PHUKET: The Thai Ministry of Defence is located opposite the Grand Palace in the old part of Bangkok. What is interesting about this government building is its large collection of old cannons, which are exhibited within the courtyard parallel to the main road. The cannons date back to various periods in Thai history and range from small guns to intimidatingly large bombards. Each cannon has its own story. Many of them were present in various wars that have shaped the history of Thailand.
Of the 42 cannons parked outside the ministry building, a large bombard called the Phaya Tani probably has the most interesting story to tell. Dating back over four hundred years, the Phaya Tani is the largest cannon in the collection. The sheer size of the magnificent weapon seems to dwarf the rest of the cannons that surround it.
It is said that the Phaya Tani was cast in the old kingdom of Patani Darussalam. Although today Patani is a province in the south of Thailand, during the 17th century it was an autonomous Muslim sultanate. In the beginning of the 17th century, a succession crisis in the Patani royal family paved the way for the first queen, Raja Hijau to ascend the throne of Patani. After Raja Hijau, three more queens ruled Patani successively, ushering in a brief period of peace and prosperity that lasted for 67 years.
Patani, being a small state, had always struggled to preserve its independence. To its north was Siam, a regional power with Ayutthaya as its capital city. Ayutthaya laid claim over a vast area of land that stretched from Chiang Mai in the north to Cambodia and Laos in the east. Its hegemony also stretched far south into the predominantly Muslim Malay Peninsula. However, because the Malay states were so far away from Ayutthaya, the capital often found it hard to assert its claims over these semi-autonomous sultanates.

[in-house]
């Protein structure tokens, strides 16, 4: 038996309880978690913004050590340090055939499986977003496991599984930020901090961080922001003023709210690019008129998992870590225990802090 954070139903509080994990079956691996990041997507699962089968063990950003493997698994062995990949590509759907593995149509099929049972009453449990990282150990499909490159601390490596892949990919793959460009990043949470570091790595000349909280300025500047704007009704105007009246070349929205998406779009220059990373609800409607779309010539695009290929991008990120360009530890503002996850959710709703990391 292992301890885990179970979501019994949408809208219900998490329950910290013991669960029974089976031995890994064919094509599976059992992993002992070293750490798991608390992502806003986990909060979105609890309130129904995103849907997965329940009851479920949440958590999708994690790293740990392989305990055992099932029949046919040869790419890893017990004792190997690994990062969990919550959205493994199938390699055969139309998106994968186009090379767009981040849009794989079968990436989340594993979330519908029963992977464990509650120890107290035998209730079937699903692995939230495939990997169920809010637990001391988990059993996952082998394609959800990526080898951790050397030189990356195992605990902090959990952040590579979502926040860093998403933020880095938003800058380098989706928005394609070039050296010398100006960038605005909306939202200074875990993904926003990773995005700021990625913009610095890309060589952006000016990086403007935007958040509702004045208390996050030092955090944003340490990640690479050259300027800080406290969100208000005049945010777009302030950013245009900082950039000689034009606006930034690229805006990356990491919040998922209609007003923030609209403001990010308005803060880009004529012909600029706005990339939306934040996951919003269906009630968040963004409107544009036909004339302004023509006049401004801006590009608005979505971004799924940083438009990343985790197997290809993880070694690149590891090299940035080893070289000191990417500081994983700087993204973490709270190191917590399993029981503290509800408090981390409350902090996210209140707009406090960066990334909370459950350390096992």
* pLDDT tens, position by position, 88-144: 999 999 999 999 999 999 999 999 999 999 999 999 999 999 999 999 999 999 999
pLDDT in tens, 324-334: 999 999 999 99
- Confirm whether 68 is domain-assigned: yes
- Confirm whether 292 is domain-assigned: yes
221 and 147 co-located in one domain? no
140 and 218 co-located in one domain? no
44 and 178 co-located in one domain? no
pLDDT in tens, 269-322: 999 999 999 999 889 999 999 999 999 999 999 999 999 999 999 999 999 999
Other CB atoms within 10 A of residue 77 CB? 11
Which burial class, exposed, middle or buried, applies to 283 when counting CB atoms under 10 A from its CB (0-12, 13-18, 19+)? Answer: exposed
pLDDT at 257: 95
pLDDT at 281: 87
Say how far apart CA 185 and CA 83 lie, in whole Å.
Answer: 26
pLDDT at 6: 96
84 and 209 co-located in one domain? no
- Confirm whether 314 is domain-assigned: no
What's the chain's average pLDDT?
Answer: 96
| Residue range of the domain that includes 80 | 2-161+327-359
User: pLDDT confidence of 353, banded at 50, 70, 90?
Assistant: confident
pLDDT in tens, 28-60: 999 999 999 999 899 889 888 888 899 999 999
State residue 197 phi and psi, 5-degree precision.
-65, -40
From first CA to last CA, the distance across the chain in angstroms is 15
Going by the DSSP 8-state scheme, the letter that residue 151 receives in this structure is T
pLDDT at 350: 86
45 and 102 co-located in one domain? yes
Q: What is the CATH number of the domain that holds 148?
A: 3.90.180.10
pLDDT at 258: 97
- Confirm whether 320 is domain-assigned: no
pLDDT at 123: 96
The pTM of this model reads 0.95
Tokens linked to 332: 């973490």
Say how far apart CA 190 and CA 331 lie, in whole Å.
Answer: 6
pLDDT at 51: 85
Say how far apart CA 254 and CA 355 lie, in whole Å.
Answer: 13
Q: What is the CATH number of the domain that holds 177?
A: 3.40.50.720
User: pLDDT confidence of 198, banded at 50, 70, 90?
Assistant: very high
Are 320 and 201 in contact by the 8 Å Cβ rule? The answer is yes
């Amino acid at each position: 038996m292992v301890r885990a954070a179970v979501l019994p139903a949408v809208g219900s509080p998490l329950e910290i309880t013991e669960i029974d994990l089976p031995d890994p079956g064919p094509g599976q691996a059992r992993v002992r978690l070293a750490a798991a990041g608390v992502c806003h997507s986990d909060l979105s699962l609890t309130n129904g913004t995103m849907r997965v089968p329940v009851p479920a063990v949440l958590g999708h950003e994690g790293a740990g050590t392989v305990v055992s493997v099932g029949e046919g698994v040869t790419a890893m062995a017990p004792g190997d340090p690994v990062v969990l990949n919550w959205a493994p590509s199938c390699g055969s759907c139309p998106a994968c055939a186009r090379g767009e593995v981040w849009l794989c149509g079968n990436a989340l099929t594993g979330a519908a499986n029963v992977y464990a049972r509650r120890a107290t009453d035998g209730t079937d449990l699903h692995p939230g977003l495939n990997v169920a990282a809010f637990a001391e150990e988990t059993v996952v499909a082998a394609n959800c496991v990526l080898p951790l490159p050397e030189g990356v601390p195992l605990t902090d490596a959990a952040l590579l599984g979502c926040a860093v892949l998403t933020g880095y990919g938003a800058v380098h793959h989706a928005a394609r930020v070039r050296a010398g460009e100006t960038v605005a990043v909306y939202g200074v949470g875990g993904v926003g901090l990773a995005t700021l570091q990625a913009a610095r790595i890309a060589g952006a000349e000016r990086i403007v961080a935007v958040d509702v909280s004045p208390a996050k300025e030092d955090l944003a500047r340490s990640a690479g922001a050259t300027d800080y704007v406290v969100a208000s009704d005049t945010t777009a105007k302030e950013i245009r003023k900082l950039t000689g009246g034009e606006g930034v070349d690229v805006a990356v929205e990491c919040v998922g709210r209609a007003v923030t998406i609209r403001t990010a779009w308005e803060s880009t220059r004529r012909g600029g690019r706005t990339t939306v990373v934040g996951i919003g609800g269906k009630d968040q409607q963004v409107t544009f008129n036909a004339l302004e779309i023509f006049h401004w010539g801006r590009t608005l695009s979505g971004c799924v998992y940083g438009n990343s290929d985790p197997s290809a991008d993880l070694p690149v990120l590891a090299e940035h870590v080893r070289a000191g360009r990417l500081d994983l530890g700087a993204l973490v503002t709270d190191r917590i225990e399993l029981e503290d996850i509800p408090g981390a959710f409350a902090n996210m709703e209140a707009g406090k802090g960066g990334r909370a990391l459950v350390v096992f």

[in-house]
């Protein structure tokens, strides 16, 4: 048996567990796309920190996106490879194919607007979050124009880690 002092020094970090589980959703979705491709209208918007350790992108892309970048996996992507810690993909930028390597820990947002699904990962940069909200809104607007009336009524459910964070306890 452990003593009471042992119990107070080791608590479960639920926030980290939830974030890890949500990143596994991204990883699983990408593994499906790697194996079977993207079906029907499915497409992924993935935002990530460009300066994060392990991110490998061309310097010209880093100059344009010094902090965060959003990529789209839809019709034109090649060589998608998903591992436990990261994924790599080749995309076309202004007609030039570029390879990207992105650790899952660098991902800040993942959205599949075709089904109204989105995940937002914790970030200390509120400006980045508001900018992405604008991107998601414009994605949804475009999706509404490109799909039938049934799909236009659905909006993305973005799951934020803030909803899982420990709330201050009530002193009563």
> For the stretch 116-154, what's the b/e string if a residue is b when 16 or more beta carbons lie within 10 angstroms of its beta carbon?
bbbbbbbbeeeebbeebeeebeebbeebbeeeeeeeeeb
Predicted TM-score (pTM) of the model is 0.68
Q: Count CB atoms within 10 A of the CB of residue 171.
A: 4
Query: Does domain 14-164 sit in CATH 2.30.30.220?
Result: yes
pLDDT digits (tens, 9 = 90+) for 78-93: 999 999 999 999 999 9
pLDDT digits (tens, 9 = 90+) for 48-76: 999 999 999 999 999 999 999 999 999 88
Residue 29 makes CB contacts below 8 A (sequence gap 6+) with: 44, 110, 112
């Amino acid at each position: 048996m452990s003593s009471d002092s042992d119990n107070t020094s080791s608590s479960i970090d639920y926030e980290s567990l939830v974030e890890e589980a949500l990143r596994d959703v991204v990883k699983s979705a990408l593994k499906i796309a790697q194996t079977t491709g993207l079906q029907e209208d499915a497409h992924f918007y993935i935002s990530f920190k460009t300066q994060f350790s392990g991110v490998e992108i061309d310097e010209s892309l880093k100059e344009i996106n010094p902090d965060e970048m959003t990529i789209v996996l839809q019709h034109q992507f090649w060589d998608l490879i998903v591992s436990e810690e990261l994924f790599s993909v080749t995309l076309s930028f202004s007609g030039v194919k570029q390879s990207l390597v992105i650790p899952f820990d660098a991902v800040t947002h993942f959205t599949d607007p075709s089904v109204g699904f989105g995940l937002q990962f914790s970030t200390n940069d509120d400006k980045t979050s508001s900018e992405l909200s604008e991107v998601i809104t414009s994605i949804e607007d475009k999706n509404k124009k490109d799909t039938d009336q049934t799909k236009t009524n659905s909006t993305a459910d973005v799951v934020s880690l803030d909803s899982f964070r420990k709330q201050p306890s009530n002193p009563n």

The four queens foresaw the need for strong defenses in order to maintain Patani’s independence. Due to the constant threat of attack from Siam and its allies, the rulers built impressive forts and defenses around their city-state. They also invested in large cannons that could effectively repel enemy attack when fired from the city’s walls. The Phaya Tani was one such weapon and perhaps the only one that survives to this day.
No one knows exactly when the Phaya Tani was cast or its exact history. Apart from the cannon itself, few historical records still survive from that period. It is possible that the cannon may have been made during the reign of Sultan Ismail Shah in the early 15th century. However, it could also have been cast during the reign of the four queens during the 17th century.
The casting techniques evident in the cannon hints that it was produced locally and not imported from somewhere else. Made out of bronze, the Phaya Tani cannon is exceptionally large. The barrel is 6.82 meters long, with a caliber of 24 centimeters. On the barrel’s hind is an engraving of a lion, an inscription that says ‘Phaya Tani’ and instructions on how much gunpowder needs to be loaded from the mouth of the gun.